Traditional Research | Kidney Support Compound

Stinging Nettle seed (Urtica dioica)*

A rich source of essential fatty acids. In old herbals, Stinging Nettle seed was also recommended for goitre, tuberculosis and malarial fevers.

Astragalus root (Astragalus membranaceus)*

Used in TCM as a superior tonic remedy. It has immune amphoteric, cardioprotective, anti-inflammatory and hepatoprotective activity. It is frequently used as a “Fu Zheng herb” to strengthen the immune system and reduce side-effects of chemotherapy. Because it is an immune amphoteric it can also be used to regenerate a disordered immune system and treat autoimmune disorders (including those that affect the kidney) and allergies (Matkovic, et al 2010).

Processed Rehmannia root (Rehmannia glutinosa)*

or Shi Di Huang is used as a blood (xue) tonic and is part of the classic Women's Four Herb Tea as well as other important Chinese formulas. It is useful for deficient blood patterns with pale skin, insomnia, dizziness, irregular menses and palpitations.

Stinging Nettle leaf (Urtica dioica)*

A nutrient rich herb used for increasing bone density and stimulating bone healing. Stinging Nettle is also indicated for skin that is 'papery' and tears easily and brittle finger nails.

Cordyceps mycelium (Cordyceps sinensis)*

Now grown on organic soybeans, originally this fungus grew on caterpillars. Once a rare and costly herb, it is now widely available and used by athletes to improve performance and to strengthen the lungs and immune system. Cordyceps is also used to calm anxiety.


Ahmed MS, Hou SH, Battaglia MC, et al. Treatment of idiopathic membranous nephropathy with the herb Astragalus membranaceus. Am J Kidney Dis. 2007 Dec;50(6):1028-32.

Bensky, D. and Clavey et al. Chinese Herbal Medicine - Materia Medica, Seattle, 3rd ed, 2004.

Ding C, Tian PX, Xue W, et al. Efficacy of Cordyceps sinensis in long term treatment of renal transplant patients. Fron Biosci (Elite Ed). 2011 Jan 1;3:301-7.

Grieve, M. A Modern Herbal, New York, 1992 reprint.

Kang DG, Sohn EJ, Moon MK, et al. Rehmannia glutinose ameliorates renal function in the ischemia/reperfusion-induced acute renal failure rats. Biol Pharm Bull. 2005 Sep;28(9):1662-7.

Lee BC, Choi JB, Cho HJ, et al. Rehmannia glutinosa ameliorates the progressive renal failure induced by 5/6 nephrectomy. J Ethnopharmacol. 2009 Feb 25;122(1):131-5.

Li Y, Xue WJ, Tian PX, et al. Clinical application of Cordyceps sinensis on immunosuppressive therapy in renal transplantation. Transplant Proc. 2009 Jun;41(5):1565-9.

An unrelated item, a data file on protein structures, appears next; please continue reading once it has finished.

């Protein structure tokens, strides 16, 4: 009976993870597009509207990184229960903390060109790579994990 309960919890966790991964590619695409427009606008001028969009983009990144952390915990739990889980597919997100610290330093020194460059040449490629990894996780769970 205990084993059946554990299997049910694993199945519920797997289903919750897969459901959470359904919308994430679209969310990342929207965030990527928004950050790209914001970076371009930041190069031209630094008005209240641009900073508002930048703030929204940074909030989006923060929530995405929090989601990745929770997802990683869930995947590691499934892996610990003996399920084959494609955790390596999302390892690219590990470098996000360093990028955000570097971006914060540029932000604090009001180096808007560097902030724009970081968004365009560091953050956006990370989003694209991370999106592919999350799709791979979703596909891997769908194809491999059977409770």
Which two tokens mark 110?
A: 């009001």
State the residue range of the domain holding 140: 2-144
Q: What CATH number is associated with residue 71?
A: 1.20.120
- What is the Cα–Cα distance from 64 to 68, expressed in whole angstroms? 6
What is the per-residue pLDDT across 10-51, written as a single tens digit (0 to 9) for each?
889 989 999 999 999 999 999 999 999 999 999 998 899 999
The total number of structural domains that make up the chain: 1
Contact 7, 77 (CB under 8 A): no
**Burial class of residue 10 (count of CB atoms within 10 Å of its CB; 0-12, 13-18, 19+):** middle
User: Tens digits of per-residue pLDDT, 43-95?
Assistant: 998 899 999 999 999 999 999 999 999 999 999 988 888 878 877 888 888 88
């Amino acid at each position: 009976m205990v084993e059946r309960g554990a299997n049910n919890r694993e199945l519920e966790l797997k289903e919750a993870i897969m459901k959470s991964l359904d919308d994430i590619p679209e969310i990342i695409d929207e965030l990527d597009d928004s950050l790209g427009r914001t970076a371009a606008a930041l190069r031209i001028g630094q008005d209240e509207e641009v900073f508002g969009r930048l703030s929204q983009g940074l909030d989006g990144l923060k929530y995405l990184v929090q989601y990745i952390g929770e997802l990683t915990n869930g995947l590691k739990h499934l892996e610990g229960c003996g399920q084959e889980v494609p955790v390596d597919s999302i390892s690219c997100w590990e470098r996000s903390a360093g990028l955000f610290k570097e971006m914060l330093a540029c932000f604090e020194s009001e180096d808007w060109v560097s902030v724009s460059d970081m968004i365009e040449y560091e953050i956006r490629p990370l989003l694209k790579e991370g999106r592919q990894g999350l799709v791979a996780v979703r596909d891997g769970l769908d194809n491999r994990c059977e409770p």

Matkovic Z, Zivovic V, Korica M, et al. Efficacy and safety of Astragalus membranaceus in the treatment of patients with seasonal allergic rhinitis. Phytother Res. 2010 Feb;24(2):175-81.

Sheng B, He D, Zhao J, et al. The protective effects of the traditional Chinese herbs against renal damage induced by extracorporeal shock wave lithotripsy: a clinical study. Urol Res. 2011 Apr;39(2):89-97.

Treasure J. Urtica semen reduces serum creatinine levels. J Am Herbalists Guild. 2003.4(2):22-5.

Yokozawa T, Kim HY, Yamabe N. Amelioration of diabetic nephropathy by dried Rehmannia Radix (Di Huang) extract. Am J Chin Med. 2004;32(6):829-39.

Zhang Z, Wang X, Zhang Y, et al. Effect of Cordyceps sinensis on renal function of patients with chronic allograft nephropathy. Urol Int. 2011;86(3):298-301.

Herbal Therapeutics Research Library, David Winston (RH) AHG

©2013 Herbal Therapeutics Research Library. All rights reserved

*Disclaimer: The information on historical, ethnobotanical and phytotherapeutic uses of herbs and traditional formulas contained herein is based on the experience and research of the author. It is not intended as a substitute for consulting with your physician or other health care provider. Any attempt to diagnose and treat an illness should be done under the direction of a health care professional. The publisher and author are not responsible for any adverse effects or consequences resulting from the use of any of the information discussed. Should you have any questions concerning the appropriateness of any preparation mentioned, the author strongly suggests consulting a professional health care advisor.